HSBC recently revealed that it had enforced its live transaction of blockchain Letter-of-Credit (LC) in Malaysia, successfully. A local news outlet in Malaysia reported the development on Oct. 14.
The transaction constituted the resin import of Malaysia’s Simply Packaging Sdn Bhd from a Singapore based firm. Both firms are among the top performers in their respective industries. HSBC Malaysia had been the issuing body, and HSBC Singapore had been advising or nominated body.
As reported in earlier news, HSBC Holdings reported its profits plunging below the estimates of the analysts, leading to a gloomy forecast for this year, with the giant’s stock taking a downturn. The bank mentioned that the sluggish performance took the road of higher expense, with its stock price taking huge hits. Although, that did not mark the edge of the grim situation for the bankers. The bank earlier also reportedly noticed an economic crisis in the United Kingdom. China is to weigh over the bank’s graph of performance this year.
Given a difficult battle for the bank this year, this blockchain initiative indicates a possible improvement in growth graphs.
This accounts for the 11th blockchain transaction headed by HSBC, and for HSBC Malaysia, this is the first master blockchain transaction. Before this, a soybean shipment was transferred from Argentina to Malaysia, and the contract was subsidized with a digitally performed Letter of Credit, over R3’s Corda blockchain setting.
This reflects a substantial move for Malaysian firms who wish to digitize the trade. It enables simpler and quicker execution of business processes, with a reduced time to transact, giving rise to operational capital efficiency. Blockchain’s trade finance implementation also assists the growth of trade velocity, particularly in cases where there are short shipping routes, for instance, the cross-border business of Malaysia with Singapore.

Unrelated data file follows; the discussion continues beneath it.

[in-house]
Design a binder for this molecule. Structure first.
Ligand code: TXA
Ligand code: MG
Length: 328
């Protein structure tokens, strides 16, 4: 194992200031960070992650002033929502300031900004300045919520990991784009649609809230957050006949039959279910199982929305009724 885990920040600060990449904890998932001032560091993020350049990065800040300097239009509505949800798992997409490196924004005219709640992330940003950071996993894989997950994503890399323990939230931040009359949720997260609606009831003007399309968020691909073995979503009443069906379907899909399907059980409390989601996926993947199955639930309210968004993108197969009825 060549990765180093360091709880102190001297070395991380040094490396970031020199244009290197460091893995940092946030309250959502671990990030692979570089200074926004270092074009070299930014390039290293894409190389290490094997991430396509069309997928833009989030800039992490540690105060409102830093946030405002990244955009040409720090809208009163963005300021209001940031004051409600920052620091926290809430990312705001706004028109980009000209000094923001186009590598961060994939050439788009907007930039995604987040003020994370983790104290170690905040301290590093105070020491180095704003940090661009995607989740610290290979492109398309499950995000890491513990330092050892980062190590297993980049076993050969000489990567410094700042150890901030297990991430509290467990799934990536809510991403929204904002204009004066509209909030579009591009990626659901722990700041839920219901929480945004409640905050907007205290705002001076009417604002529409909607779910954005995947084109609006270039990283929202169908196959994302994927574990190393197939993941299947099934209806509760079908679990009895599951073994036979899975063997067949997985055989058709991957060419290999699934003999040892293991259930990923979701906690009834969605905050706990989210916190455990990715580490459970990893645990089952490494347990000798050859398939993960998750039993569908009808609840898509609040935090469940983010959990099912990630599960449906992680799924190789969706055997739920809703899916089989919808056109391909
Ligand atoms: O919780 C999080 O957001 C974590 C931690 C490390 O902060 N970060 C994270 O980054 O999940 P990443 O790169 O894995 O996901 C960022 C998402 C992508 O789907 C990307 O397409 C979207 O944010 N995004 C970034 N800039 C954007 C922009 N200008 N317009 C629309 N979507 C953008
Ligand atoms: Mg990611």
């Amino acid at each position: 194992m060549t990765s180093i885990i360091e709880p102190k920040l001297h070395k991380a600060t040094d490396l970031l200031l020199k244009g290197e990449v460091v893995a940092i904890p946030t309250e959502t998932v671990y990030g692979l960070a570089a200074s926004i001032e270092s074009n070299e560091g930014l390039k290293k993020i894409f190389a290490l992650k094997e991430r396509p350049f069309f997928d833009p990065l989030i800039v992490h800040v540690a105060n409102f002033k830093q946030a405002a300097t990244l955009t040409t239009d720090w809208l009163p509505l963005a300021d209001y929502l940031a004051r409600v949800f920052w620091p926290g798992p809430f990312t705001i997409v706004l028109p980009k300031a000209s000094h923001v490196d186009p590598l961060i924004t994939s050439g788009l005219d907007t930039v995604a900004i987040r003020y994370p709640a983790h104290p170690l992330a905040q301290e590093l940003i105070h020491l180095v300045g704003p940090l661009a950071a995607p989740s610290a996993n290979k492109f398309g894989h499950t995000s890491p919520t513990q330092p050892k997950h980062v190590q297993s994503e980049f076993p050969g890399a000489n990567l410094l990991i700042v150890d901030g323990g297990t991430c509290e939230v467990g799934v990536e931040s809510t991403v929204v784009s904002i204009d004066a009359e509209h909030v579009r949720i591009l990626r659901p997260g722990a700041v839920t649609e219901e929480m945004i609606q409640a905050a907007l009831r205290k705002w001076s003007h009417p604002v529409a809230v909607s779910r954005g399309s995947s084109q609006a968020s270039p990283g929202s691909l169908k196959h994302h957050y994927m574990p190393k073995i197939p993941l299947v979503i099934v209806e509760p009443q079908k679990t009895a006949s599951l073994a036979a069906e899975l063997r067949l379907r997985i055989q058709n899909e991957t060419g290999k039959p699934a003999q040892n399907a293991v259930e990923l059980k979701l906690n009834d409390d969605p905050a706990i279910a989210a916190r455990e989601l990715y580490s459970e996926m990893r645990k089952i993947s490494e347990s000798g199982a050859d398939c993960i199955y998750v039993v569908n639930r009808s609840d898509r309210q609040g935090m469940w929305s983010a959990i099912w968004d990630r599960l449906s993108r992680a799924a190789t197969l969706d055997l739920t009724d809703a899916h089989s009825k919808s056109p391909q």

This Malaysian and Singaporean trade was valued at US$85 billion in the year 2018. A typical transfer of commodities between close nations takes shorter periods comparatively, under 2 days, but the executive paperwork generally prolongs their delivery. This cycle of commerce including validation of the documents takes around 5-10 days. The blockchain exchange packaging took just 24 hours to be completed.
Stuart Milne, Chief Executive Officer, HSBC Malaysia, said, “I am very pleased that HSBC has pioneered Malaysia’s first pilot blockchain LC transaction. This showcases our strong commitment and ability to support cross-border trade by Malaysian businesses using cutting-edge technology platforms.”
With the integration of blockchain technology, the transactions have entirely digitized the executive tasks with the electronic presentation of vital documents of trade through:
- Incorporating Bolero’s electronic bill of lading (eBL) portal to manage and distribute eBL
- Title completion transfer while goods are in transit
- Removed paper reconciliation, enabling instantaneous updates
- Enabling End-to-end transparency for parties
- Timely inventory management, elimination of tolls on demurrage and reduced turnaround times
Hence, huge cut downs in expenses and lowered delivery timeline indicate a possible growth phase for the bank.